As a member, you'll also get unlimited access to over 55,000 lessons in math, English, science, history, and more.Plus, get practice tests, quizzes, and personalized coaching to help you succeed.Your goal is to study the smooth, parallel layers of rock to learn how the land built up over geologic time.
Geologists establish the age of rocks in two ways: numerical dating and relative dating.Numerical dating determines the actual ages of rocks through the study of radioactive decay.Unlike people, you can’t really guess the age of a rock from looking at it.Yet, you’ve heard the news: Earth is 4.6 billion years old. That corn cob found in an ancient Native American fire pit is 1,000 years old. Geologic age dating—assigning an age to materials—is an entire discipline of its own.We'll even visit the Grand Canyon to solve the mystery of the Great Unconformity!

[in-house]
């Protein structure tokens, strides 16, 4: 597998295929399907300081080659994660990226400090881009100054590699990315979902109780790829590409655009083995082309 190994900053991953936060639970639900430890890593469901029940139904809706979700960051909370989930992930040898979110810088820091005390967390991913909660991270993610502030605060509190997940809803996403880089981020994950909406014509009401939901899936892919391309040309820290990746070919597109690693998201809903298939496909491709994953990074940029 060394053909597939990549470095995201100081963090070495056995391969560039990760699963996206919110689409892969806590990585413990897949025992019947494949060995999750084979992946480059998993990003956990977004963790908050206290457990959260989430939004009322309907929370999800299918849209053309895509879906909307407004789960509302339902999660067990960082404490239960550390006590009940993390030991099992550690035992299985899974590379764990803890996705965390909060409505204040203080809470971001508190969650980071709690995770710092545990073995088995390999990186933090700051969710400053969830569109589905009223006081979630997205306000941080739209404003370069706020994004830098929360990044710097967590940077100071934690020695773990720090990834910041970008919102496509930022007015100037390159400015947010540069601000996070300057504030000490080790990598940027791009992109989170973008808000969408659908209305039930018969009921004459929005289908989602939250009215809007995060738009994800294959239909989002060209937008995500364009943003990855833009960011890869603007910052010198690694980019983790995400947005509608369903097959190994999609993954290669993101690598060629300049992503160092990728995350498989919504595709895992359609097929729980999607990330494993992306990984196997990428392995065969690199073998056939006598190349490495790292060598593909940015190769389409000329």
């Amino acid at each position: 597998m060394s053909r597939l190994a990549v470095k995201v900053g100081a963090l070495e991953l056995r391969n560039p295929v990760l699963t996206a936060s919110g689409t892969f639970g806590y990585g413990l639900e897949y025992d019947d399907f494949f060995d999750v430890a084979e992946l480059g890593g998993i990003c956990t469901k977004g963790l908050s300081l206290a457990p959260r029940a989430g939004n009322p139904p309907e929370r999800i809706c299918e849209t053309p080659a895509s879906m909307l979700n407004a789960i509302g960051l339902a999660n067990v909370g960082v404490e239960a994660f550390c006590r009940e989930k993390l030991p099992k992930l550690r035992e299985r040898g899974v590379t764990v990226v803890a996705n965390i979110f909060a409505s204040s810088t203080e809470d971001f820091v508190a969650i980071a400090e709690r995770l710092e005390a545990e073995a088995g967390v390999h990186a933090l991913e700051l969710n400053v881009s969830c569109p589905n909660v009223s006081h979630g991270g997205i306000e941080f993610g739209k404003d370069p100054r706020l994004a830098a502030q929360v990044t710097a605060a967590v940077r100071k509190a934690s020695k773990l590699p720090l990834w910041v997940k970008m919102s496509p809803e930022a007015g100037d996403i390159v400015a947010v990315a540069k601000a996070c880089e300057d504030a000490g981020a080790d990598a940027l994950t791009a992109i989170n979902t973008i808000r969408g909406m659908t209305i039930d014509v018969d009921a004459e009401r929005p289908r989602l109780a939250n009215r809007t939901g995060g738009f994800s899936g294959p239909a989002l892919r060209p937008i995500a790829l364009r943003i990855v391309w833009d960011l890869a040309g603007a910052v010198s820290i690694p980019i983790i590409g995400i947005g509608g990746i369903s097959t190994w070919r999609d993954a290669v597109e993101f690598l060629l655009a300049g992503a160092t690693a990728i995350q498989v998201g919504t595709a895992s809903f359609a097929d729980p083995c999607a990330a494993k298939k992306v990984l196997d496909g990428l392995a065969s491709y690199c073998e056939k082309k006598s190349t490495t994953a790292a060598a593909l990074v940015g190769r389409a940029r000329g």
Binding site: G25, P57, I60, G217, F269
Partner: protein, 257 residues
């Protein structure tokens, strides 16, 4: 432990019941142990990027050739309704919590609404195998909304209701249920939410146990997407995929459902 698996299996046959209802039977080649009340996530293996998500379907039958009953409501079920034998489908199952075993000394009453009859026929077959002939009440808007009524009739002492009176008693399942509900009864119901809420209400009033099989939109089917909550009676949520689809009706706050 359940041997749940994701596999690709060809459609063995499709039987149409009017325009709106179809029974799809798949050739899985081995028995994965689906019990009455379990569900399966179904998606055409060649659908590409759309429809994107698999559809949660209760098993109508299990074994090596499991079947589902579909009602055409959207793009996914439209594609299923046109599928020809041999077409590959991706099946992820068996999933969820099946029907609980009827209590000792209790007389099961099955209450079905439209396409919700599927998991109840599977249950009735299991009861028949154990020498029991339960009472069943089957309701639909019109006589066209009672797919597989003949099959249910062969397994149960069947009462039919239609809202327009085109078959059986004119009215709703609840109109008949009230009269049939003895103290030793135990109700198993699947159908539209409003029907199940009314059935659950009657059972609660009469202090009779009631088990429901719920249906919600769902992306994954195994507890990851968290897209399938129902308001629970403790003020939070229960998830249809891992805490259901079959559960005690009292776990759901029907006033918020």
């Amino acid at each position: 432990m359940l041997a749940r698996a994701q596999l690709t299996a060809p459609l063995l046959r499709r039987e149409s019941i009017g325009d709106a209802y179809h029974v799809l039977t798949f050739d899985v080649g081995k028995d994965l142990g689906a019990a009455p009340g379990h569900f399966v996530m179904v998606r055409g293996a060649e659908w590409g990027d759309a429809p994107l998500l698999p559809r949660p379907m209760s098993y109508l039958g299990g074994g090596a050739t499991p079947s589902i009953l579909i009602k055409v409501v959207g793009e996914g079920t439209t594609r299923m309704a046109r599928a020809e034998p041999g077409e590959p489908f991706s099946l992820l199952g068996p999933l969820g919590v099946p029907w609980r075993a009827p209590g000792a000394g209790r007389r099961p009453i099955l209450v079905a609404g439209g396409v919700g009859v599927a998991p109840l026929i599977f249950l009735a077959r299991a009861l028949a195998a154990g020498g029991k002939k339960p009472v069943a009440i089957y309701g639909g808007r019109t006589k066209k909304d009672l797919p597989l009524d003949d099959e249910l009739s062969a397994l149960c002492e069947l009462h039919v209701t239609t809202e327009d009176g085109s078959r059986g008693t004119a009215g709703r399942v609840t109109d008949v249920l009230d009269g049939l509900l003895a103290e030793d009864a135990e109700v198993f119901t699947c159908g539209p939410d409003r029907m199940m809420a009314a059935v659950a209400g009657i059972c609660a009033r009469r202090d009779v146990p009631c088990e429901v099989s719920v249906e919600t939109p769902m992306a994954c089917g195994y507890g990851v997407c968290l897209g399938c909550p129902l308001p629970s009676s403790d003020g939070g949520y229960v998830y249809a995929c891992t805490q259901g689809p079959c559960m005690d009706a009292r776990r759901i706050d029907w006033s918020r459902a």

Imagine that you're a geologist, studying the amazing rock formations of the Grand Canyon.Absolute dating places events or rocks at a specific time.If a geologist claims to be younger than his or her co-worker, that is a relative age.The goal of this lecture is come to come to a scientific understanding of geologic time and the age of the Earth.In order to do so we will have to understand the following: To better understand these concepts, let's look at an archeological example: Imagine we are a group of archeologists studying two different trash pits recently discovered on the Tulane University campus and at the Audubon Zoo (where they all aksed for you).In a way this field, called geochronology, is some of the purest detective work earth scientists do.